make sure 100 percent of our clients are sat- isfied with our efforts. We will be learning and adjusting to make sure we hit the mark for all on our effort for maximum safety. Horse people are quite familiar with going the extra mile for a biosecure environment. We are used to mitigating the spread of virus like EHV and VS and have responded amazingly in taking on these challenges in the past and I’m confident that these lessons will translate to our own responsibilities in dealing with tamping down COVID-19 and other nasty bugs.


Patti Schooley Inland Empire Hunter-Jumper Association


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he Inland Empire Hunter Jumper Association (IEHJA) recommends to all horse show managers to comply


with county health department regulations related to the “re-opening” of competitive equestrian events. IEHJA sanctions shows in four counties including Riverside, San Bernardino, Orange, and San Diego. Each county sets its own guidelines and regula- tions that must be adhered too.


IEHJA’s main concern in


the restart of the horse show season has to do with competitor, volunteer and show official safety. Do all participants feel safe enough to travel to a show facility aſter almost three months of a “stay at home” order? How can the common-sense health directives to wear a mask, maintain social distancing, sanitizing hands and surfaces and “no contact” food service — come on, we’re horse people... we play in the dirt, we are gregarious, we help our barnmates and our families congregate on the sidelines to cheer us on! IEHJA show managers have worked


extremely hard to address these and other issues that Covid 19 has created. Every horse show participant must make the decision that the virus has been curbed, controlled, or flatened (choose your adverb) and a return to competition is safe. Along with this decision every participant must take personal responsibility to adhere to the rules, regulations and guidelines established by each show manager. In individual show premiums or via social media contacts par- ticipants are requested not to come if they are sick or not feeling well, to wear masks (except while in the arena), wash or sanitize your hands frequently, do not congregate and try to maintain social distancing. Many show managers are supplying masks for those who forget to bring one, provide hand washing and sanitizer at var- ious locations, snack bar food will be pre- packaged with canned or botle drinks avail- able and social distancing will be enforced at the gate as horse will not be allowed to congregate. Some shows will have an estab- lished order of go to prevent congregation of horse and riders. Families and friends will be requested to maintain social distancing on the sidelines. Again, county health regu- lations will apply. These changes are the new normal for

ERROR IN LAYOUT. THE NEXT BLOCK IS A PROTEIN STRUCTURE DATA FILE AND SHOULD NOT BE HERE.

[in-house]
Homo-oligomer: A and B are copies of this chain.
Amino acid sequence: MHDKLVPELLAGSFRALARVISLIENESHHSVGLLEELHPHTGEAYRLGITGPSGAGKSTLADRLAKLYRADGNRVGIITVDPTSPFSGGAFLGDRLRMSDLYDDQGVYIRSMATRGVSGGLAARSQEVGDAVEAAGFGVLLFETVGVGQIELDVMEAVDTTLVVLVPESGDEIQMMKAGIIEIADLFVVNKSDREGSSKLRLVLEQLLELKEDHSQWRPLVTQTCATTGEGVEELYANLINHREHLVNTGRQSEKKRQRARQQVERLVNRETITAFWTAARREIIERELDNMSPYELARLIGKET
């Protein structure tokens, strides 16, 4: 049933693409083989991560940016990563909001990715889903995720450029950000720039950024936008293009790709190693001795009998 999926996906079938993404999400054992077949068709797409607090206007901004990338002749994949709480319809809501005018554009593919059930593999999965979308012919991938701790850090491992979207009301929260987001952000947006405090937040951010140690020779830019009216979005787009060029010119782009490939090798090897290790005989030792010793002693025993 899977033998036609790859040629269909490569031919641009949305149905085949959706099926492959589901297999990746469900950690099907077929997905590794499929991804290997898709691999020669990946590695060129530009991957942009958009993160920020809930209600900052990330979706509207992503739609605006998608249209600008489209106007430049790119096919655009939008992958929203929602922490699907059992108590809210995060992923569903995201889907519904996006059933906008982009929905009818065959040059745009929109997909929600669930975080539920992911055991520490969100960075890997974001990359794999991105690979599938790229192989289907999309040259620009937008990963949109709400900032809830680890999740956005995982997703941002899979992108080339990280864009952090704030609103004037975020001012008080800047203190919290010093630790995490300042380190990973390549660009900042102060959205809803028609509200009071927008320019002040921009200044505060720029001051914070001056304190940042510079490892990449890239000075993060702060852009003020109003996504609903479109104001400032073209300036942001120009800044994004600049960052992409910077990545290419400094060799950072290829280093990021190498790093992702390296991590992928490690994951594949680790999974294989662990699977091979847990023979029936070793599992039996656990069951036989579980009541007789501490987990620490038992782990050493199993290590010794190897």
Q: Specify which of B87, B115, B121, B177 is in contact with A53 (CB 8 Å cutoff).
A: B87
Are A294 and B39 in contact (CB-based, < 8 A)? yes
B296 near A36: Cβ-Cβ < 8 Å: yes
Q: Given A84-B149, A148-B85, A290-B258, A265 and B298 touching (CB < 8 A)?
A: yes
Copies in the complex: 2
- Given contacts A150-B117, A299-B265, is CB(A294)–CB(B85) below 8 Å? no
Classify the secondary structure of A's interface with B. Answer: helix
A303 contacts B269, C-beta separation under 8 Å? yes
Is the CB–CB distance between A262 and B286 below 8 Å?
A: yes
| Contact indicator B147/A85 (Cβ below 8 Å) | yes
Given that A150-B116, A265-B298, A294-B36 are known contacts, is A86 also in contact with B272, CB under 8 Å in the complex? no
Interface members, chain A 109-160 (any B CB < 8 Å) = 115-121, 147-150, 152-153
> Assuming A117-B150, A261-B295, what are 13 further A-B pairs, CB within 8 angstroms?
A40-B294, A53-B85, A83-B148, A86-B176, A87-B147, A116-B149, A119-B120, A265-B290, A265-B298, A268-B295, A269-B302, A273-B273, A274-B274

Galway Downs


competitive equine events. Show managers now have the additional job of ensuring par- ticipant compliance — just one more thing to worry about. Competitors may notice that See Comeback, page 32